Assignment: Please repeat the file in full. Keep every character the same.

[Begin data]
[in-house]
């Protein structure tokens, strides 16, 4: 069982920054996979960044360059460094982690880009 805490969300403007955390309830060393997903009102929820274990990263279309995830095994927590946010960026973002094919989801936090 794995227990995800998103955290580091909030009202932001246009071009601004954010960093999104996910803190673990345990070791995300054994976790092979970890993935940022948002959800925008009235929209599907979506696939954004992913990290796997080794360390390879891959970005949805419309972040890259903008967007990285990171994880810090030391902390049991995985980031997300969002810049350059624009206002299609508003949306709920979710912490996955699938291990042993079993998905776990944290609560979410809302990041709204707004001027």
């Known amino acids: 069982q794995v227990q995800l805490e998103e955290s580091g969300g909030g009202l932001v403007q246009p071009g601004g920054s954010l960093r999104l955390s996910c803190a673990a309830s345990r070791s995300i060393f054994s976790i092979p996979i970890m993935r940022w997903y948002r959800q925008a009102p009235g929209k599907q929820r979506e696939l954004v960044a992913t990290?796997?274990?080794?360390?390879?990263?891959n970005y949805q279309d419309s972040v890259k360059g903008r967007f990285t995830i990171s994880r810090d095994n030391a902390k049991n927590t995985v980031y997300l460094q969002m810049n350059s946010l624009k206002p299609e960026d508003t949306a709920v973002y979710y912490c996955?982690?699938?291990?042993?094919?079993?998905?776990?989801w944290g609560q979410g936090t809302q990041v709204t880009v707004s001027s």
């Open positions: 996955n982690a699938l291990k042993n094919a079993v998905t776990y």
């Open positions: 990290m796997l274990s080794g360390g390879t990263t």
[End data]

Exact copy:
[in-house]
């Protein structure tokens, strides 16, 4: 069982920054996979960044360059460094982690880009 805490969300403007955390309830060393997903009102929820274990990263279309995830095994927590946010960026973002094919989801936090 794995227990995800998103955290580091909030009202932001246009071009601004954010960093999104996910803190673990345990070791995300054994976790092979970890993935940022948002959800925008009235929209599907979506696939954004992913990290796997080794360390390879891959970005949805419309972040890259903008967007990285990171994880810090030391902390049991995985980031997300969002810049350059624009206002299609508003949306709920979710912490996955699938291990042993079993998905776990944290609560979410809302990041709204707004001027």
């Known amino acids: 069982q794995v227990q995800l805490e998103e955290s580091g969300g909030g009202l932001v403007q246009p071009g601004g920054s954010l960093r999104l955390s996910c803190a673990a309830s345990r070791s995300i060393f054994s976790i092979p996979i970890m993935r940022w997903y948002r959800q925008a009102p009235g929209k599907q929820r979506e696939l954004v960044a992913t990290?796997?274990?080794?360390?390879?990263?891959n970005y949805q279309d419309s972040v890259k360059g903008r967007f990285t995830i990171s994880r810090d095994n030391a902390k049991n927590t995985v980031y997300l460094q969002m810049n350059s946010l624009k206002p299609e960026d508003t949306a709920v973002y979710y912490c996955?982690?699938?291990?042993?094919?079993?998905?776990?989801w944290g609560q979410g936090t809302q990041v709204t880009v707004s001027s």
């Open positions: 996955n982690a699938l291990k042993n094919a079993v998905t776990y």
């Open positions: 990290m796997l274990s080794g360390g390879t990263t």